Wednesday was a difficult day for The American Independent News Network, which is the larger entity that operates The Iowa Independent. Our chief executive and founder announced two of our sister sites would close and their content would be moved to The American Independent.
Huckabee appearance on Des Moines radio fuels 2012 speculation
Events have vindicated him after being savaged during his presidential campaign by the “so-called intellectual journals of the conservative movement,” former Arkansas Gov. Mike Huckabee said during an hour-long radio interview on WHO 1040 Monday.
Appearing on Christian conservative Steve Deace’s drive-time program, Huckabee said though he was criticized by “establishment Republicans” during his unsuccessful bid for the GOP presidential nomination, he has been proven right time and again.
“When I said the economy was beginning to sputter, I was absolutely pilloried by the Wall Street Journal and the National Review and all the other snobbish folks who thought that I was just a dumb hick from Arkansas who didn’t have a clue,” he said.
Huckabee kicked off a promotional tour for his latest book, “Do the Right Thing: Inside the Movement That’s Bringing Common Sense Back to America,”in Cedar Rapids and Des Moines last month, fueling speculation that he is laying the ground work for another presidential run in 2012. His appearance on Des Moines’ largest radio station has further stoked that theory, but Huckabee insists he has not made up his mind.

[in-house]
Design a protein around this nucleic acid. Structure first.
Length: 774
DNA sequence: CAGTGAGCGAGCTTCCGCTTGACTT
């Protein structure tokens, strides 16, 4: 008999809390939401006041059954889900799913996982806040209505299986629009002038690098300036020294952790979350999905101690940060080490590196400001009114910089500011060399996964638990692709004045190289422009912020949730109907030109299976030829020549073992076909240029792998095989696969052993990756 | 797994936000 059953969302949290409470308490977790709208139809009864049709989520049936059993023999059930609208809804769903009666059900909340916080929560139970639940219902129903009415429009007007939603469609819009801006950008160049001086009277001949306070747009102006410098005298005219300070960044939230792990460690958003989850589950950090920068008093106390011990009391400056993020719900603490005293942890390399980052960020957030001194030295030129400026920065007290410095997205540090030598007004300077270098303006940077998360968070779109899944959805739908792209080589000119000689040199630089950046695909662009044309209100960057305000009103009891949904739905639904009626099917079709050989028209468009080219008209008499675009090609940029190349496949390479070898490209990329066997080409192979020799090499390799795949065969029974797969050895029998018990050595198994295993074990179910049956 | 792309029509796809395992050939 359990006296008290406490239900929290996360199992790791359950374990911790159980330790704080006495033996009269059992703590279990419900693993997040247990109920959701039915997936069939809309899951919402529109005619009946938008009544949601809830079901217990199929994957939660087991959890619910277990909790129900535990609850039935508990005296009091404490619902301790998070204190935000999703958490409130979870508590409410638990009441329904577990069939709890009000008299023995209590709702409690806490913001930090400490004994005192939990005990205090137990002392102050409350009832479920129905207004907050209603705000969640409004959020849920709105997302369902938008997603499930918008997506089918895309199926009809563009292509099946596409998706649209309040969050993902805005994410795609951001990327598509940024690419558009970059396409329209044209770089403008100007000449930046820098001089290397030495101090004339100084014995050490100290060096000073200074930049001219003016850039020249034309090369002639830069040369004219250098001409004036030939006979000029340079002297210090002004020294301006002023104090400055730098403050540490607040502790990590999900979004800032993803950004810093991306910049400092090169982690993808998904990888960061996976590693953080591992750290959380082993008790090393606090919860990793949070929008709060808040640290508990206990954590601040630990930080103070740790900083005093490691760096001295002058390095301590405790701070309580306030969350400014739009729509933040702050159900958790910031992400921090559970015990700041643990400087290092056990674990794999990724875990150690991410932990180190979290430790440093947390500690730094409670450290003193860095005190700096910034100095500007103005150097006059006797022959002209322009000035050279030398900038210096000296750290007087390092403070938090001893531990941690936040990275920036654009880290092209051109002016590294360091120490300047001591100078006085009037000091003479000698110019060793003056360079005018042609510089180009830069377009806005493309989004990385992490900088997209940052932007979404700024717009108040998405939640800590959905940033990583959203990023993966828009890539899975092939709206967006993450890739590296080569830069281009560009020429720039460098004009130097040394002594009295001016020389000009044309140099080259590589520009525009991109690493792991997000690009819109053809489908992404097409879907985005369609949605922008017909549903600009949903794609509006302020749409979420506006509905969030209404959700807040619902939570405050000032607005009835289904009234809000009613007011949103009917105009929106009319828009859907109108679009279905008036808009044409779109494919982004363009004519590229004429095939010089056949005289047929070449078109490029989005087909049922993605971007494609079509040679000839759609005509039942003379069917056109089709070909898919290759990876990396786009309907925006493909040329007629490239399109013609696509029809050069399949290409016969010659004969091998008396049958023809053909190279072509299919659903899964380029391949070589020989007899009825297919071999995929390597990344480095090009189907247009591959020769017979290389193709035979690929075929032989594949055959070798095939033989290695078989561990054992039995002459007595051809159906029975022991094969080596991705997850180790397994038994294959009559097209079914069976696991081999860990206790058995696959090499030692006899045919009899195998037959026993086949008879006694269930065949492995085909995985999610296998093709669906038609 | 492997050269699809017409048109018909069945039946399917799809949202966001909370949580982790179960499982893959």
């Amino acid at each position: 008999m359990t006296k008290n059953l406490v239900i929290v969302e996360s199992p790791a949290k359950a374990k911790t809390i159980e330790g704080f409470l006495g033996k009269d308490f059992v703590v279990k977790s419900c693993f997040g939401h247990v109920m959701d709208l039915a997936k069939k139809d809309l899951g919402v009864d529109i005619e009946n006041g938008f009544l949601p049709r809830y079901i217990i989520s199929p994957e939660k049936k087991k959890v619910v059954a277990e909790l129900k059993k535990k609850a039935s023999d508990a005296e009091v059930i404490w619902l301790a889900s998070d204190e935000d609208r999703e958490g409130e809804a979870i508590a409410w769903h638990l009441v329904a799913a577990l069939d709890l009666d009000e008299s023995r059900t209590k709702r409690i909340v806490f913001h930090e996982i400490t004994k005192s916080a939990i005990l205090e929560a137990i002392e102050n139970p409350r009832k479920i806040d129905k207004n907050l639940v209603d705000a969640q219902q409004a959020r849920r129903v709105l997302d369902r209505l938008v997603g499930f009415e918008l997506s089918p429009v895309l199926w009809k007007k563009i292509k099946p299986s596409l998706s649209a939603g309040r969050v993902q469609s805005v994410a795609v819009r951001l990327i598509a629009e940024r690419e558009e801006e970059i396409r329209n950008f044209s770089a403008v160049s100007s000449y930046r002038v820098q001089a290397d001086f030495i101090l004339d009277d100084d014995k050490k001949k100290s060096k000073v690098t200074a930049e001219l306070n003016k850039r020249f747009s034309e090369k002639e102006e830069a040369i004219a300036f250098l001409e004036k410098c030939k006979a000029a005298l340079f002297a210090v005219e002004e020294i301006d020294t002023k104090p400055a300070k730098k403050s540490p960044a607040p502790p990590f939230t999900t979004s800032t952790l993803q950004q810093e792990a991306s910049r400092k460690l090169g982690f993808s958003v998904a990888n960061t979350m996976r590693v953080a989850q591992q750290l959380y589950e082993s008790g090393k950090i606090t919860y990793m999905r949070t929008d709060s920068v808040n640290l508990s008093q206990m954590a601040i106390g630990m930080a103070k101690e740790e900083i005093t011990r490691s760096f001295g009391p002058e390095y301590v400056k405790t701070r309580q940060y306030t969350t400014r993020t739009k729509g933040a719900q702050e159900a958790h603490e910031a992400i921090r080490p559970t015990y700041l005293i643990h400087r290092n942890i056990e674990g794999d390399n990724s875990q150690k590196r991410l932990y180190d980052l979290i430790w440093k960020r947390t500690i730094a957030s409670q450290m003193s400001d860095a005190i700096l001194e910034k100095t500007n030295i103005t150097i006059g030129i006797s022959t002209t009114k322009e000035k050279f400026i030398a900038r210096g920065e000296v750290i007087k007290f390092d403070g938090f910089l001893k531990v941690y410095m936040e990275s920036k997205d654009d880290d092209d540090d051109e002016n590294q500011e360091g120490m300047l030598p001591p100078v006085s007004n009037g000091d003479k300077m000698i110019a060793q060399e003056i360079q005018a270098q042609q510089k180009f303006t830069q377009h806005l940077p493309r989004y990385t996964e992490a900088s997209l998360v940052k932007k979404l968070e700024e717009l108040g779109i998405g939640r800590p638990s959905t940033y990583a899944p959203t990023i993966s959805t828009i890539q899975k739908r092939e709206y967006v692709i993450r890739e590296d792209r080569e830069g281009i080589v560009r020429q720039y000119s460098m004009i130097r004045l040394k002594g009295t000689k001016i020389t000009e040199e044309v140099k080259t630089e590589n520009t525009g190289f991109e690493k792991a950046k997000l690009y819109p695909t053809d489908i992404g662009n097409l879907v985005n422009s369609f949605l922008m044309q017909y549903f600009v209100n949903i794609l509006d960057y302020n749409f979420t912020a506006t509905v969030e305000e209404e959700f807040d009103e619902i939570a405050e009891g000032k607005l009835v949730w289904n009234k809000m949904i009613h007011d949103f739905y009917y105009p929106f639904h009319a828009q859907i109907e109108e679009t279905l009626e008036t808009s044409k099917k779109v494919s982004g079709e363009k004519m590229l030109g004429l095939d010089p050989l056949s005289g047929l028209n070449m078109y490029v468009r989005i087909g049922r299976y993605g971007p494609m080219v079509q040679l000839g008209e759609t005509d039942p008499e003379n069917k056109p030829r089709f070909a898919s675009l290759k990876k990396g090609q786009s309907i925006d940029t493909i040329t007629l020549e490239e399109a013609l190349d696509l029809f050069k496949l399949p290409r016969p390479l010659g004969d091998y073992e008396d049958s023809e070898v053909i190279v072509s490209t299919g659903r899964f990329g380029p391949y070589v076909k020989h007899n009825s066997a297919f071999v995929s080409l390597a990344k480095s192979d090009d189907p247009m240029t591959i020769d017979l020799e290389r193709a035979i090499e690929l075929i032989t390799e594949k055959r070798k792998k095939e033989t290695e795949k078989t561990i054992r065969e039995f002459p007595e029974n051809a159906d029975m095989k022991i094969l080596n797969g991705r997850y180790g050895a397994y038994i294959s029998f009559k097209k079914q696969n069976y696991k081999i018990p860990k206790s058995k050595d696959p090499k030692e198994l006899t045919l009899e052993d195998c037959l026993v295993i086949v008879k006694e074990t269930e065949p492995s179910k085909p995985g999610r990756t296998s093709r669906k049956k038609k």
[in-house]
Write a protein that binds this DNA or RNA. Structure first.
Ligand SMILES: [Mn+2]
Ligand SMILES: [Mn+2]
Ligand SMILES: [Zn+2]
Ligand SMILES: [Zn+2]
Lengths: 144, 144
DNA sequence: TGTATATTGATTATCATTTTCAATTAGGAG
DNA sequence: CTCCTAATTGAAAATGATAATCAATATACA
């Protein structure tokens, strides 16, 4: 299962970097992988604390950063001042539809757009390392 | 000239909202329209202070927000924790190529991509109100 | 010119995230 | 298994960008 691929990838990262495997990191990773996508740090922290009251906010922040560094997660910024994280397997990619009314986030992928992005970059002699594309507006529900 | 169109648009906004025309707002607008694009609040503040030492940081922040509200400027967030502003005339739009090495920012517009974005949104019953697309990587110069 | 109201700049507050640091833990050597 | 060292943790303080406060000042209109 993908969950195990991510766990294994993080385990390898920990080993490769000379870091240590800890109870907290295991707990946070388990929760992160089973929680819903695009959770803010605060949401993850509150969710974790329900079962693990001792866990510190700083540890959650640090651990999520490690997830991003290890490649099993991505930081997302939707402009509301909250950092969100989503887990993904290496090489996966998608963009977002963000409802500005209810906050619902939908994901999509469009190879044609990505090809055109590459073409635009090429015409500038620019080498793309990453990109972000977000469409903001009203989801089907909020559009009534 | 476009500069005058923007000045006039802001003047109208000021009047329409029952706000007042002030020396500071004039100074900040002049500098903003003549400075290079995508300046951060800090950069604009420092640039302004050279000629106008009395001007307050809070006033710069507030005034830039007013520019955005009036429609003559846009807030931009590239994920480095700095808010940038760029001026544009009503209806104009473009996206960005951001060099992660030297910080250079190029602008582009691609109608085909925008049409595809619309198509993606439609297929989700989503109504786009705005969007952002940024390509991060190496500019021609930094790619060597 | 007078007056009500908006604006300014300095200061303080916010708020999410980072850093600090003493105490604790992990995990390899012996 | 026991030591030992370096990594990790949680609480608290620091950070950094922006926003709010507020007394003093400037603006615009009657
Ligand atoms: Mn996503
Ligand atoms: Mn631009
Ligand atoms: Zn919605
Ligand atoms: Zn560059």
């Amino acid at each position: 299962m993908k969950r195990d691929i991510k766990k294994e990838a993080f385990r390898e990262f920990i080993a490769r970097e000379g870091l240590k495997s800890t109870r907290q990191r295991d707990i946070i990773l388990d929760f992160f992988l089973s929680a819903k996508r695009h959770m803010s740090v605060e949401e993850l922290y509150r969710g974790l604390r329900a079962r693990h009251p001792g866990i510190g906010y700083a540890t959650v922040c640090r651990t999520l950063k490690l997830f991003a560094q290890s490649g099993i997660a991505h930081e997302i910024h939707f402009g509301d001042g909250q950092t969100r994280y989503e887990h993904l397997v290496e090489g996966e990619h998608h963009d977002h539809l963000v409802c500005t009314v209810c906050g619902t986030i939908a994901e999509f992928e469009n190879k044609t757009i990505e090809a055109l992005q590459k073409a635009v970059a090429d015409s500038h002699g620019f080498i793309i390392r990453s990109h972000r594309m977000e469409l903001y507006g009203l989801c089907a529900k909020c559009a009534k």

“But I’m not ruling anything out,” he told Deace.
Huckabee’s book has gotten a lot of attention, mainly due to the portions that discuss his fellow Republicans. He was particularly hard on Gary Bauer, the conservative Christian leader and former presidential candidate, whom he described in the book as having an “ever-changing reason to deny me his support.” He also accuses Bauer of putting national security before social issues like the sanctity of life and traditional marriage.
Deace seemed to share his opinion of Bauer.
“The phrase ‘Better for one man to die than the whole nation to perish’ comes to mind,” Deace said.
Huckabee said he couldn’t pull any punches with the book because if he did he would lose credibility with his supporters.
“I want people to know the truth. I got a reputation during the campaign as someone who was plain spoken, who didn’t try to sugar coat or frost things over,” he said. “I would have lost credibility if I had written this book and not told some of the things that I try to at least bring forth.”
But the passages that discuss his fellow Republicans are just a small portion of the book, and the attention they are getting is disappointing, he said.
“Shouldn’t be surprised that people would take a few passages out of a 240-page book and act like that’s all that’s there,” Huckabee said. “This book lays out not just what’s happened and why we’ve had the problems we’ve had in the conservative movement, but it also lays out how we get our groove back.”
Huckabee’s book reached No. 5 on the New York Times best seller list.